There's nothing like a patch of gently nodding golden daffodils to raise your spirits. But daffodils aren’t the only spring bulbs to herald an end to dark winter days and bring colour to the garden. For inspiration, we’ve rounded up ten of our favourite spring flowering bulbs to catapult your garden into life and celebrate the change of season.
Knowing when to plant spring bulbs is important to guarantee a good display. Begin planting your spring flowering bulbs, corms and tubers between October and December, before the coldest winter weather sets in. You can plant them in containers or straight into borders, but as a rule of thumb, most bulbs should be planted at 3 times their depth. There are a few exceptions, so it's worth checking the planting depth table in our 'How to grow bulbs' article before you begin.
Jewel-like crocus flowers look sensational planted in large naturalised swathes throughout lawns and rockeries. Try Crocus 'Ruby Giant', a weather-resistant variety of purple flowers that bloom as early as February and provide a valuable source of nectar for pollinating insects in wildlife-friendly gardens.
A well loved genus, and for good reason! Daffodils are the cheeriest of spring bulbs, with their delicate trumpeted blooms and bright colours. Traditional golden daffodils are hard to beat, but if you’d like something a little different, why not try the pink and frilly Narcissus 'Replete' or some lovely scented daffodils.
With so many shapes and colours available, it's hard to choose just one type of tulip bulb to grow. If you really can’t decide, treat yourself to the brightly-coloured 'Everlasting Mix' that has been bred for long-lasting weather resistance.
For a unique display, the striking stripy flowers of Tulip 'Flaming Club' make a real statement when planted en masse. Or keep early spring weeds at bay with a dense carpet of Tulip 'Ground Cover' Mix.
Instantly recognizable by their distinctive snake-skin markings, Fritillaria meleagris is at its best when grown in areas of damp woodlands or informal areas of grass. Although native to the UK, Snakes Head Fritillaries are now protected and rarely seen in the wild so it's a real joy to admire these elegant flowers in your garden.
Positively thriving in damp, shady areas, the delicate white blooms of Lily of the Valley brighten even the gloomiest corners of your garden. Once established, this springtime favourite forms a lush green carpet of foliage that makes excellent ground cover. And for a grand finale, this tiny flower packs a real punch when it comes to perfume. Ideal for scented spring posies.
Easy to grow, the Hyacinth has a powerful fragrance and majestic, upright flowers that are simply magnificent. Although they’re often grown in pots on the windowsill, Hyacinths are surprisingly hardy and well suited for growing outdoors in a sunny spot. Try the rare and highly sought-after Hyacinth 'Midnight Mystique' for its unusual black flowers.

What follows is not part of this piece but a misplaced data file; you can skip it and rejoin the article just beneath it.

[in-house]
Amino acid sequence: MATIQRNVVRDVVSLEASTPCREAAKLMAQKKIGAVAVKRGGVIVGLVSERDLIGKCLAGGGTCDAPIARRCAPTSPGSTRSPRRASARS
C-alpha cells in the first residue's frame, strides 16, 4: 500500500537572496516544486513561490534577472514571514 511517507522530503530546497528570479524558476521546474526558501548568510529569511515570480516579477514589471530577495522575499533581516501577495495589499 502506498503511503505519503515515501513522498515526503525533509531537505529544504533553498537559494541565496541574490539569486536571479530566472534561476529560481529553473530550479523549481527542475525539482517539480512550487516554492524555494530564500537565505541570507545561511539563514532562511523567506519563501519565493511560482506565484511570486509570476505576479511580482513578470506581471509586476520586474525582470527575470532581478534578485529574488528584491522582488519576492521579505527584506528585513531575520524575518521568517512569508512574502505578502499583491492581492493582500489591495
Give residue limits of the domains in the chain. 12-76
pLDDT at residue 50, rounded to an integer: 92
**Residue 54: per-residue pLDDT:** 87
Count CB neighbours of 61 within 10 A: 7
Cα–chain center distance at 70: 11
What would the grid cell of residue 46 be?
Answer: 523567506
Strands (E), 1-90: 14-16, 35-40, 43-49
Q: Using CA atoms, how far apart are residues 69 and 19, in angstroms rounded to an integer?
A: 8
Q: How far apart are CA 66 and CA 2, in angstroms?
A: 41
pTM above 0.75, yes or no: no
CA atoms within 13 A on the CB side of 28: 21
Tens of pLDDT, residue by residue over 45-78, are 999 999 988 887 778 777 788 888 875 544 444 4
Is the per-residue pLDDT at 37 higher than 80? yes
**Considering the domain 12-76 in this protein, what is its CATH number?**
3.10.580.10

If you’re looking for growing tips or want to raise a few to give away as Christmas presents, check out our article on how to grow Hyacinths.
Despite its common name, Winter Aconite flowers in the spring and attracts bees and other beneficial pollinating insects to your garden. A woodland member of the buttercup family, Eranthis hyemalis swiftly multiplies to form a carpet of golden yellow flowers. The cup shaped blooms work beautifully alongside snowdrops and bluebells for a spectacular display.
Easy to establish and virtually maintenance free, Winter Aconite is the ideal bulb to plant in the dappled shade of deciduous trees, or informally in grass.
Carpets of classic woodland Bluebells create a magical sight in spring as the weather warms and days begin to lengthen. English Bluebells thrive in damp, shady areas but are surprisingly resilient, even in drought conditions. Always choose English Bluebells as the Spanish variety can become invasive and hybridise with our native flowers.
Also known as the Russian Snowdrop, the intriguing star-shaped flowers of Puschkinia have white petals striped with the most extraordinary shade of blue. These resilient spring bulbs love a sunny spot where they can bake in the sun throughout summer. They look exceptionally pretty planted beneath the ghostly stems of Silver Birch trees.
Plant Allium bulbs to add height and structure to borders and bridge the gap between early spring blooms and your summer favourites. For a dramatic display at the front of borders or in containers try Allium 'Graceful Beauty' - This showy little allium has already proved itself to be a worthwhile variety with its large, starry blooms forming spherical flower heads in spring.
If you’ve been inspired to try something new, check out our range of colourful and easy to grow spring bulbs. Tell us your favourite bulb or unusual planting combination, and don’t forget to share your photos! Find variety specific growers' guides at our spring flowering bulb hub page, and learn how to grow your own spectacular spring bulb displays.